Limit running PPC ads if the reporting reveals hours of the day when campaigns are ineffective.

Manage a small ppc budget by hour of dayScreenshot by author from Google Ads, May 2024

5. Set Negative Keywords

A well-planned negative keyword list is a golden tactic for controlling budgets.

The purpose is to prevent your ad from showing on keyword searches and websites that are not a good match for your business.

  • Generate negative keywords proactively by brainstorming keyword concepts that may trigger ads erroneously.
  • Review query reports to find irrelevant searches that have already led to clicks.
  • Create lists and apply to the campaign.
  • Repeat on a regular basis because ad trends are always evolving!

6. Smart Bidding

Smart Bidding is a game-changer for efficient ad campaigns. Powered by Google AI, it automatically adjusts bids to serve ads to the right audience within budget.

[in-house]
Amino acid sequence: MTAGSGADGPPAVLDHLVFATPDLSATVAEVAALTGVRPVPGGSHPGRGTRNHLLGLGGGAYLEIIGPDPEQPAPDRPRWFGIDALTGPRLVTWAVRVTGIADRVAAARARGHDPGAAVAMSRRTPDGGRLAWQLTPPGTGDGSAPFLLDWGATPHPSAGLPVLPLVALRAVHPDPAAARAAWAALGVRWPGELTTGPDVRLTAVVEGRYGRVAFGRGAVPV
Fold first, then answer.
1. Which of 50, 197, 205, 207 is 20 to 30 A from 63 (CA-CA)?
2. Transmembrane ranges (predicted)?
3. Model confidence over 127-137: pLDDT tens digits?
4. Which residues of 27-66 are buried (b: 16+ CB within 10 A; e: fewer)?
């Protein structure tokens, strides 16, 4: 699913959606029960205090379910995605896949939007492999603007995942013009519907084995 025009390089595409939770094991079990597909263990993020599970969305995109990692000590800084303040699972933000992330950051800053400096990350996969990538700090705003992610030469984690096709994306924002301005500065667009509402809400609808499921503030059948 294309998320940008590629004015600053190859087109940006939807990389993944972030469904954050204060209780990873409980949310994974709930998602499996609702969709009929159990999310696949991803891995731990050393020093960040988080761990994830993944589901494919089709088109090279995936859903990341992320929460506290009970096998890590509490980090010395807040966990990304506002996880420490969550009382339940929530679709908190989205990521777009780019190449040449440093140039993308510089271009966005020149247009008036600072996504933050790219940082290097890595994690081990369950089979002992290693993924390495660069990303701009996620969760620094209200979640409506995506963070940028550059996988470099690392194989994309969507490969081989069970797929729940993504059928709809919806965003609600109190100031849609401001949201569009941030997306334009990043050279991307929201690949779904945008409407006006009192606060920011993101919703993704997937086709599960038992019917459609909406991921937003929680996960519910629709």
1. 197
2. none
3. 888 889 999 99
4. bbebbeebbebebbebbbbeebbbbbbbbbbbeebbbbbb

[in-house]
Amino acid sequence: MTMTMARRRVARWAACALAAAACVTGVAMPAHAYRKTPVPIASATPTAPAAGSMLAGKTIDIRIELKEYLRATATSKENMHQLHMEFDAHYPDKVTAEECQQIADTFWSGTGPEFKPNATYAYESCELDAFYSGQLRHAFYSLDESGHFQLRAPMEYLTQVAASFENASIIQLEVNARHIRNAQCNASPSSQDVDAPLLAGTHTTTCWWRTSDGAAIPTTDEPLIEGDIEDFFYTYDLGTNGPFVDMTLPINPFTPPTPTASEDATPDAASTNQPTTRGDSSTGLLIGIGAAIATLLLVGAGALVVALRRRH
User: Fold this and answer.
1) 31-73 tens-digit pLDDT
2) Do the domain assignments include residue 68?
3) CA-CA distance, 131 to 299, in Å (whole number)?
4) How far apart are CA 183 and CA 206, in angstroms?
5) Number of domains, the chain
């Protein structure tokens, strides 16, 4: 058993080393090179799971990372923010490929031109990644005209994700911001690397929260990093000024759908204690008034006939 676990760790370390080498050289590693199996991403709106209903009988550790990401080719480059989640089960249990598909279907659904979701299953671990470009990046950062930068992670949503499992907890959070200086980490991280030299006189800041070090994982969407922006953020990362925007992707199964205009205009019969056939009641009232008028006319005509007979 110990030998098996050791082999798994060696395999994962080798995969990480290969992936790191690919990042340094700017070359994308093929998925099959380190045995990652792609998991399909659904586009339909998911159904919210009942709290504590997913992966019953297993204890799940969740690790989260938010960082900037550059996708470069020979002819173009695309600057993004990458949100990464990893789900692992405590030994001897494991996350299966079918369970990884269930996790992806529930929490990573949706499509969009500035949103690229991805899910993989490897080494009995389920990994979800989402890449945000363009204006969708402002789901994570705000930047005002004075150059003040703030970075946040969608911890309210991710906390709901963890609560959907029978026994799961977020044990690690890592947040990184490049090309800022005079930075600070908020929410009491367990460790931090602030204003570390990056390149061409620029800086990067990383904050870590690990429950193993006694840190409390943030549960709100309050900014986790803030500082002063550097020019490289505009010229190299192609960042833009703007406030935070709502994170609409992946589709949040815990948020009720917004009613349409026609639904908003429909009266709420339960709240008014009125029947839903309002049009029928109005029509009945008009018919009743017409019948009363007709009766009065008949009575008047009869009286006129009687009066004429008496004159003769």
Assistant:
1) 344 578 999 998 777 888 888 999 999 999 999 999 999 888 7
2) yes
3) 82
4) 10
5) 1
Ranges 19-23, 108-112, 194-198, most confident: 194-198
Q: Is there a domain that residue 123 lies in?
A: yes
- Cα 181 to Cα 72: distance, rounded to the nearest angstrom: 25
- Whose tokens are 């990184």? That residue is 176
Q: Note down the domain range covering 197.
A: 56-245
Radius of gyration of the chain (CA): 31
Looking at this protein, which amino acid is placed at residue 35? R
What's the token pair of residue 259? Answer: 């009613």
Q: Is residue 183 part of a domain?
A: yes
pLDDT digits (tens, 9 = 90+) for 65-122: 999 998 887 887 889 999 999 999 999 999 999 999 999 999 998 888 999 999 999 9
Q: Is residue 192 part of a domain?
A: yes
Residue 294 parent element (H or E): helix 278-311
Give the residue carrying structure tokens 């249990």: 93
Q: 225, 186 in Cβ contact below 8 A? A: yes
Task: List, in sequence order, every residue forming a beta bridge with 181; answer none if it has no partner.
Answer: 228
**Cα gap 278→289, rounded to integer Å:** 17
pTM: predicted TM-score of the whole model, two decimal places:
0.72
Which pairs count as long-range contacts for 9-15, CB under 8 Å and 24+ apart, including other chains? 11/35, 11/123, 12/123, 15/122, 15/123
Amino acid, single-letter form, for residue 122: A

The AI optimizes the bid for each auction, ideally maximizing conversions while staying within your budget constraints.

Smart bidding strategies available include:

  • Maximize Conversions: Automatically adjust bids to generate as many conversions as possible for the budget.
  • Target Return on Ad Spend (ROAS): This method predicts the value of potential conversions and adjusts bids in real time to maximize return.
  • Target Cost Per Action (CPA): Advertisers set a target cost-per-action (CPA), and Google optimizes bids to get the most conversions within budget and the desired cost per action.

7. Try Display Only Campaigns

display ads for small ppc budgetsScreenshot by author from Google Ads, May 2024

For branding and awareness, a display campaign can expand your reach to a wider audience affordably.

Audience targeting is an art in itself, so review the best options for your budget, including topics, placements, demographics, and more.